The National Hockey League season finally starts in Buffalo today, more than 9½ months after the Sabres last played a game in First Niagara Center.
In the wake of the NHL’s 113-day lockout, does that feel like a long time to you? Just imagine if you owned the team.
“It’s good to be back. I can tell you as an organization, the Sabres are very glad to be playing hockey again,” owner Terry Pegula said Saturday during a season-opening news conference in the FNC’s newly named Lexus Club. “We apologize to the whole hockey fan base, the media, our sponsors and our supporters for the hardship we may have put people through, but sometimes things happen that you don’t plan for in life.
“I can tell you this: We truly are excited about being back. We welcome everybody into our arms and let’s try to make a go of it this year.”
The Sabres and Philadelphia Flyers meet today at 12:30 in a game that will be broadcast nationwide by NBC. Doors open at 10:15 a.m. and all 19,070 tickets have been sold.
Many owners apologized to fans for the lockout last week so Pegula’s official words were expected. Pegula then turned to something that wasn’t: The announcement that he has signed General Manager Darcy Regier to a contract extension.
Terms of the deal were not disclosed, but Regier signed a two-year extension in the fall of 2010 with previous owner Tom Golisano. His contract, however, was not believed to be expiring after the season.
Regier has been the Sabres’ GM since 1997. He and coach Lindy Ruff make up the longest current coach/GM relationship in the NHL.
“Darcy is a talented guy,” Pegula said. “I know from some of the stuff I read that maybe not everyone agrees with that, but he’s got all the resources now. We work very well together and we’re looking forward to the future.
“We have great communication in the hockey department. No egos. Everyone is pulling in the same direction and it’s a very good situation. The creativity. Looking for players, drafting, free agents or whatever. It’s almost like making a painting. Everybody has got to be on the same team.”
Regier said he was grateful to Pegula for the vote of confidence even in the wake of the Sabres’ disappointing 2011-12 season that saw them miss the playoffs for the third time in five years. The Sabres have not won a postseason series since 2007, their second year of back-to-back trips to the Eastern Conference finals.
“I actually feel added pressure but it’s more intrinsic than external,” said Regier, 56. “The intrinsic relates to Terry and the ownership. There’s very strong family unity within this group. The other part, quite honestly, is when you’re involved with a team in this community having lived here as long as I’ve lived here, you’re no longer an outside-hire GM.
“You feel an obligation to the community so it creates more internal pressure to get the job done. Quite honestly it’s good pressure to have.”
Both Regier and Ruff are now on contract extensions. Ruff last year signed what is believed to be a three-year deal with an option for a fourth in 2014-15.
As for the lockout, Pegula said he felt it was necessary to ensure that teams with struggling finances would get revenue-sharing boosts to remain viable.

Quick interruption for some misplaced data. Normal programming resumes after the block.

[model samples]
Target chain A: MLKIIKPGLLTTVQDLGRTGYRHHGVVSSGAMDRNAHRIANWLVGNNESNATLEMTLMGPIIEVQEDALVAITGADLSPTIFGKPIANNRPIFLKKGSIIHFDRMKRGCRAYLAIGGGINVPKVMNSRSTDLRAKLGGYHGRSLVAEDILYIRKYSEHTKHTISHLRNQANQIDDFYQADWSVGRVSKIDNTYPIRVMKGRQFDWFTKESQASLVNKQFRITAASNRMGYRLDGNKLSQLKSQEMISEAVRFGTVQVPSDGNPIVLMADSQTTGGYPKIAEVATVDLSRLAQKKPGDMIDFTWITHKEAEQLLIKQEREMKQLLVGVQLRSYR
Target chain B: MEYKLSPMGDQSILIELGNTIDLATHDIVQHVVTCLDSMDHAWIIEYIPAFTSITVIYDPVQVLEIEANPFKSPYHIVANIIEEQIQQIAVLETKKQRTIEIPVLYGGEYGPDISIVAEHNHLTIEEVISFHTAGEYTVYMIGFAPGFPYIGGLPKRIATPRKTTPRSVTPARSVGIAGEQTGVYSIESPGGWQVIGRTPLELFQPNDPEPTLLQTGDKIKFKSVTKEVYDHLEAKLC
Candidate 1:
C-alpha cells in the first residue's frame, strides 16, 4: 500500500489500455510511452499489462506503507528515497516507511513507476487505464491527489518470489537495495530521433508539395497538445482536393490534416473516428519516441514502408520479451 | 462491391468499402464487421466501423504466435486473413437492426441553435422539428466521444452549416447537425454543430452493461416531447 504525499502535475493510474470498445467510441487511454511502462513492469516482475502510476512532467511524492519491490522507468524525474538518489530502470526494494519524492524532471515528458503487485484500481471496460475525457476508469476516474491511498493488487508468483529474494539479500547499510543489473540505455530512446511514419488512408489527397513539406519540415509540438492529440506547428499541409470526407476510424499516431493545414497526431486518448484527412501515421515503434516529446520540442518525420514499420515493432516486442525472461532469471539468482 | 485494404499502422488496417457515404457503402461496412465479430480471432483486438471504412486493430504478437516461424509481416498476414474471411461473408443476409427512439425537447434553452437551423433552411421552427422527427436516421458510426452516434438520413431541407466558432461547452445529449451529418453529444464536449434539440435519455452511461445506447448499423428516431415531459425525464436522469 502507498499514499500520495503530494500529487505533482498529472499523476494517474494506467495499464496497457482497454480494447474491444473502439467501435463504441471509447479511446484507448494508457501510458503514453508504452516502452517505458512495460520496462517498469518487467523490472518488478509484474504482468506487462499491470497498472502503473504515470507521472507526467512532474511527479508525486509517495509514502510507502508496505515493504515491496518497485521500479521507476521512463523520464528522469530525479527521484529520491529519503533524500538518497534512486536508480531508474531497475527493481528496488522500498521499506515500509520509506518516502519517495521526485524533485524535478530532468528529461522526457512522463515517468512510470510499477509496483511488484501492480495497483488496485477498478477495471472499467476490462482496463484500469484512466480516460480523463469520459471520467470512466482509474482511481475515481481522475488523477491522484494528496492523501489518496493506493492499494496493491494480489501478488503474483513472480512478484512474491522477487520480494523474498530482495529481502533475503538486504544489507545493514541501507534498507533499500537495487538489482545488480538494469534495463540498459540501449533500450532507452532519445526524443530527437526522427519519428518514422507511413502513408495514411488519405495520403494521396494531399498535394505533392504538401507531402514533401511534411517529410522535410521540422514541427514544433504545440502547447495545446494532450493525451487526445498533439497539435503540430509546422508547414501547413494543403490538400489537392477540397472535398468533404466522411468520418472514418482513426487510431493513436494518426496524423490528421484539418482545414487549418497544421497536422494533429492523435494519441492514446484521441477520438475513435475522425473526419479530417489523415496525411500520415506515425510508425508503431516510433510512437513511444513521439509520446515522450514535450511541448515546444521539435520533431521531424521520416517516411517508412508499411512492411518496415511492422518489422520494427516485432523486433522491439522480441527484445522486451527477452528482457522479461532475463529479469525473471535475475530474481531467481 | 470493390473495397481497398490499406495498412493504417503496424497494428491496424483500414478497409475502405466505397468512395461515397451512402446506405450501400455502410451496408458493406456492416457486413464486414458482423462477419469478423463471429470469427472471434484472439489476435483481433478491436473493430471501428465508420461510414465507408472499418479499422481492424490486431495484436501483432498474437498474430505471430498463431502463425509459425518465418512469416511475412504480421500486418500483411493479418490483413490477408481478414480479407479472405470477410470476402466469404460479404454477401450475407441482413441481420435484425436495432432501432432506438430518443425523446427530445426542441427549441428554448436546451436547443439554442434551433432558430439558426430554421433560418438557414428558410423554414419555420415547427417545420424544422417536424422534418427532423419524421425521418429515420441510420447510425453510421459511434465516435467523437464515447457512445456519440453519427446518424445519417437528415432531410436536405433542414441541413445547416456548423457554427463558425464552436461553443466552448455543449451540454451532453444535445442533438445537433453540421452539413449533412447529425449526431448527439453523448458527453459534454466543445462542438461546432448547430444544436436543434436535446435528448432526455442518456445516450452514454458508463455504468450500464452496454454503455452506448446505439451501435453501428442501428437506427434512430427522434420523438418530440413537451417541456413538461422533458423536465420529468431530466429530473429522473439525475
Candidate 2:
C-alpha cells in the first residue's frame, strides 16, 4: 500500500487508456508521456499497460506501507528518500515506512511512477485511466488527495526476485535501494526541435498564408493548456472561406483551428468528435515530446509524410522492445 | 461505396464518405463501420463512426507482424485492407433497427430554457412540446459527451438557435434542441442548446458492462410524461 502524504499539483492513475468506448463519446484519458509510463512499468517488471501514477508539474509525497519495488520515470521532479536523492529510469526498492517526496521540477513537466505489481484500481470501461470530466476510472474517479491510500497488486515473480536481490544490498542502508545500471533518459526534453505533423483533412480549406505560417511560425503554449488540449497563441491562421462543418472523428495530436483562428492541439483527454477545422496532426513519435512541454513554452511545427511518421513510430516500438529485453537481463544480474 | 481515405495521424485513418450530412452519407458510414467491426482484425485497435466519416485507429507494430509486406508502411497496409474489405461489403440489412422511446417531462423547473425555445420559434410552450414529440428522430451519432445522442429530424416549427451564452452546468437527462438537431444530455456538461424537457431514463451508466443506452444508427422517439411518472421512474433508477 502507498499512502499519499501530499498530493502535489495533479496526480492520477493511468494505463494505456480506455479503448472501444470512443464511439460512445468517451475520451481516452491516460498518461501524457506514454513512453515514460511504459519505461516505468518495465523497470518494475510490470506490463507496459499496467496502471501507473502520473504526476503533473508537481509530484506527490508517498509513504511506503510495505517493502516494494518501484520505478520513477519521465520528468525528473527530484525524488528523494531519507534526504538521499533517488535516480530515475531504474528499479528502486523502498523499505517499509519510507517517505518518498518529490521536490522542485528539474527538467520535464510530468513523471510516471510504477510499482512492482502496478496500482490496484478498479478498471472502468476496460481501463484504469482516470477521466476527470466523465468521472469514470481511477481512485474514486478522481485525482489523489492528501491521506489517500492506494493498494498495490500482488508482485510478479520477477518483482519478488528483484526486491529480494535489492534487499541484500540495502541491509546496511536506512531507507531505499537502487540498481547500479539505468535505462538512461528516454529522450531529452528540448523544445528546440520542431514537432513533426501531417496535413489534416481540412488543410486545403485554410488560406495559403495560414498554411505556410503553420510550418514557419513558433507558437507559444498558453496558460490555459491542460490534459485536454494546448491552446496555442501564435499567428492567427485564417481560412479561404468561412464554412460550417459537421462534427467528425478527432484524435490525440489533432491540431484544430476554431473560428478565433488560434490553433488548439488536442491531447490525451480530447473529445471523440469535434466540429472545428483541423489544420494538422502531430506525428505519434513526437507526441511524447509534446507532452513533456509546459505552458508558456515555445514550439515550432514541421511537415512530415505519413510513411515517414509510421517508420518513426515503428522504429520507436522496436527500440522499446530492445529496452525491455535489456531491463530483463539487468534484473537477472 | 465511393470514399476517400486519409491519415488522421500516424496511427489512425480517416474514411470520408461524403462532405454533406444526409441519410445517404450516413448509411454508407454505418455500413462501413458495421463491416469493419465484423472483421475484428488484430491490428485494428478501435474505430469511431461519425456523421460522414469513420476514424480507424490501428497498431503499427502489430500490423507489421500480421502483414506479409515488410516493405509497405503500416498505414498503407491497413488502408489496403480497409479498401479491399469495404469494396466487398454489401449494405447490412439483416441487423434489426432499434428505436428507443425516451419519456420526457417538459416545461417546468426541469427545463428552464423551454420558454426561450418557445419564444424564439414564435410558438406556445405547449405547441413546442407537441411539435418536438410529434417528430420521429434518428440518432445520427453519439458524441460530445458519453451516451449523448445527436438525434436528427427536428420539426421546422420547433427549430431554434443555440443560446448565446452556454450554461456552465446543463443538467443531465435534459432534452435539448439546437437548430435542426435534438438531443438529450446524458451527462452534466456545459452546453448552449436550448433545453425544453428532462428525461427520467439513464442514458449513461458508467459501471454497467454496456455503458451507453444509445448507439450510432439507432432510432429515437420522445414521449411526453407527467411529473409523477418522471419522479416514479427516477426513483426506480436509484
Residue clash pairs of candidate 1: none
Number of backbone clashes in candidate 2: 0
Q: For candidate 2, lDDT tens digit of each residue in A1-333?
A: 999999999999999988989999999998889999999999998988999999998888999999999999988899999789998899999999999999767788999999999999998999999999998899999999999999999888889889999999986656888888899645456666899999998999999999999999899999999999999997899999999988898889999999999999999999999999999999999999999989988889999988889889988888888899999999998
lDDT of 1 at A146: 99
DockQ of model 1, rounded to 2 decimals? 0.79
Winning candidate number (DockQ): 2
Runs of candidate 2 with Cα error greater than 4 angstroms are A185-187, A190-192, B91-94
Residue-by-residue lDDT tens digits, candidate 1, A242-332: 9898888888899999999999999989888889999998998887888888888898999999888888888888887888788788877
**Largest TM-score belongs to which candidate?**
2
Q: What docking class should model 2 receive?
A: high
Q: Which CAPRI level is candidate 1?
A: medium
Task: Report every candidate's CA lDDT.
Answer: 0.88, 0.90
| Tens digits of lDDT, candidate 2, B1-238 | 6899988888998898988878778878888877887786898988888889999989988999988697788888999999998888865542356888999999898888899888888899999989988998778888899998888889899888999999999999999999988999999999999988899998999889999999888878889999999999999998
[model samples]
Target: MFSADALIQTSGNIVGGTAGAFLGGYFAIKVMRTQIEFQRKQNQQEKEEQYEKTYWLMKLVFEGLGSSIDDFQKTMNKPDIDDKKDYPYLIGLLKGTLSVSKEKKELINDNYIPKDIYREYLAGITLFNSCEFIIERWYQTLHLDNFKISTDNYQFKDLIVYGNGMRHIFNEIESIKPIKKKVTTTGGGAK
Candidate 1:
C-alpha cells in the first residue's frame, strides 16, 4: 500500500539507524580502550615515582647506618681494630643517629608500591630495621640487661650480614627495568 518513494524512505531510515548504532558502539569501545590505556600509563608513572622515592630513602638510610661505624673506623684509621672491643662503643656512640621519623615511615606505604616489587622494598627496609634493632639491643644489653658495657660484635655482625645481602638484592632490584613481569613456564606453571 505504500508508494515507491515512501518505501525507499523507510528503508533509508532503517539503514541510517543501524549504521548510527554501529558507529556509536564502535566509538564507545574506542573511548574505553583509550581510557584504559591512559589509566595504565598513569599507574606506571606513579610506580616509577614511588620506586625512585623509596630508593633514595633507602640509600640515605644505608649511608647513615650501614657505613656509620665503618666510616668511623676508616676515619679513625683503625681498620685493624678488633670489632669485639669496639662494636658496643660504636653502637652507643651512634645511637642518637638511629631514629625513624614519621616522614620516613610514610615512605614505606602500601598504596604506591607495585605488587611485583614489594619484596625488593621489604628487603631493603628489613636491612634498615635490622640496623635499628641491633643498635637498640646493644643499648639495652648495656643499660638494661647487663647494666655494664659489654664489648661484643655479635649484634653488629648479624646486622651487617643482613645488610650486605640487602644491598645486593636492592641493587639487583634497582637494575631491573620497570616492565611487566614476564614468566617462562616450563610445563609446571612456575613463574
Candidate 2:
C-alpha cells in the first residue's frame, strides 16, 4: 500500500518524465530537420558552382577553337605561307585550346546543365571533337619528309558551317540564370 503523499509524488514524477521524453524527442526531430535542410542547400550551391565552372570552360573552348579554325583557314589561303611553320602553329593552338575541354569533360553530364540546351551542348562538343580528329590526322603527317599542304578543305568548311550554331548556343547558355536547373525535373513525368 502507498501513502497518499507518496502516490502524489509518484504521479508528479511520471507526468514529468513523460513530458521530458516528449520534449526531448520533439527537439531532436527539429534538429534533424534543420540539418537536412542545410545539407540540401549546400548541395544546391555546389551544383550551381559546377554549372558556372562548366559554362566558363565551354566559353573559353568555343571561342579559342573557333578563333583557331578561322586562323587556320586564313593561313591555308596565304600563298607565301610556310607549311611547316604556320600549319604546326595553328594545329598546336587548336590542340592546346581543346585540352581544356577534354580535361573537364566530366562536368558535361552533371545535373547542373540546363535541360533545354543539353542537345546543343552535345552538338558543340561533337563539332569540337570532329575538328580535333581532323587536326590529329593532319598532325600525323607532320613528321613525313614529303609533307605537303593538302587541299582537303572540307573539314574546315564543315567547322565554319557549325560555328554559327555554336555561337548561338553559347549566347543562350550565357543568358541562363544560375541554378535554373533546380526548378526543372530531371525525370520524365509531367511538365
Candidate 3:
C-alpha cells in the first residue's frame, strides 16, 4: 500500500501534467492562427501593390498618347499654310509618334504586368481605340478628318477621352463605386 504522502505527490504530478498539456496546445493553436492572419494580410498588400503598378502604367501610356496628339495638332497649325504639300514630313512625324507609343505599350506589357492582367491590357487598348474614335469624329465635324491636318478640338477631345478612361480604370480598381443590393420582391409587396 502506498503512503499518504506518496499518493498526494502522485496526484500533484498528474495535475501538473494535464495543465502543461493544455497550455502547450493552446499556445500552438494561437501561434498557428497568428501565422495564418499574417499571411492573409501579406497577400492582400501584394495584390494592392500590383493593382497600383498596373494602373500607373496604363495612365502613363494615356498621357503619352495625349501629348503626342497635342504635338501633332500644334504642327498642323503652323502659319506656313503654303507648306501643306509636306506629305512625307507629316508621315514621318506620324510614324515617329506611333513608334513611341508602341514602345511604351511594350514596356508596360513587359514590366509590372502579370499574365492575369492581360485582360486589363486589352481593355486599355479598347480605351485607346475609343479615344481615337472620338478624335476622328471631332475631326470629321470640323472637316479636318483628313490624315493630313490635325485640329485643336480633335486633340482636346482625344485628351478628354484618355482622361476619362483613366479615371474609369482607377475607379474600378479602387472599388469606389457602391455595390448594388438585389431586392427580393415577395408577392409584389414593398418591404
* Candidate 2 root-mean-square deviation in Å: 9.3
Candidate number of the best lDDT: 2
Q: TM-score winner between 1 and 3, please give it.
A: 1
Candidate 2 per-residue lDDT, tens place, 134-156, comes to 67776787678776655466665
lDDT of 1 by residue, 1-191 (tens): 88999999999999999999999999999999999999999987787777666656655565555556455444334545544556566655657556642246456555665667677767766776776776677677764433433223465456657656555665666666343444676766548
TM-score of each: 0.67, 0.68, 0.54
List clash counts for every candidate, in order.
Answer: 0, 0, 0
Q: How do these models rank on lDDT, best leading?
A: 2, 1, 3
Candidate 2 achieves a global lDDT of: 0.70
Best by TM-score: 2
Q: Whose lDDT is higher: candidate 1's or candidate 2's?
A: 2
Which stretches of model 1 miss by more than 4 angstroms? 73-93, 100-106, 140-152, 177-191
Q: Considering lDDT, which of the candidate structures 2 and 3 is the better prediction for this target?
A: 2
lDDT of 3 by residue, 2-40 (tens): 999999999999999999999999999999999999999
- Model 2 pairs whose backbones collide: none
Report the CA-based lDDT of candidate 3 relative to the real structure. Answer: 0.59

“My stand was I’m part of a team of owners,” Pegula said. “I definitely felt we all needed to be united in the things we wanted to get for the league.”
Pegula, a Sabres fan dating to the franchise’s early days in the 1970s, said he had sworn off watching hockey after the 2005 lockout that canceled that season. He said his daughters got him back into the game, leading eventually to his purchase of the Sabres in 2011.
“So I can understand if some fans are extremely upset because I was one of them at one time,” Pegula said. “We have to do our best to win those people back.”
So far, the Sabres don’t seem to be having many issues. There are just 12,000 tickets left for the entire 24-game home schedule and five games are sold out. Merchandise has flying been out of The Sabres Store all week thanks to a 50 percent off sale, with lines of fans waiting to get in stretching into the arena pavilion.
The fans are ready and now Pegula says it’s up to the team.
“You’ve got to look at every season to try to win the Stanley Cup,” Pegula said. “Look what happened last year [when the Los Angeles Kings won the championship as a No. 8 seed in the playoffs]. Since I’ve been owner, I’ve watched two teams [the Kings and Boston Bruins] win the Stanley Cup and both of them took about 40 years to do it.
“It’s not something you win every year as an organization but I think our team is a lot different than the team I inherited when I bought it. It’s got a new imprint on it, a new mark. It looks like a good hockey team.”
In other news discussed Saturday:
• Regier said the team has already started the process of deciding what to do about the contracts of goaltender Ryan Miller and wingers Thomas Vanek and Jason Pomvinille, all of whom have deals that expire after the 2013-14 season.
• Team president Ted Black said the Sabres’ $123 million Harbor Center project on the Webster Block remains on schedule for a March groundbreaking.
• Pegula, the top athletics donor at Penn State, used the term “totally inaccurate” to describe reports he provided $1.3 million to the salary of Penn State football coach Bill O’Brien to keep him in State College and have him drop pursuits of an NFL job.
The Harrisburg Patriot-News reported the donation in December and the story was picked up by virtually every major media outlet in Pennsylvania.
“That report is so far off base I don’t know where it came from,” Pegula said.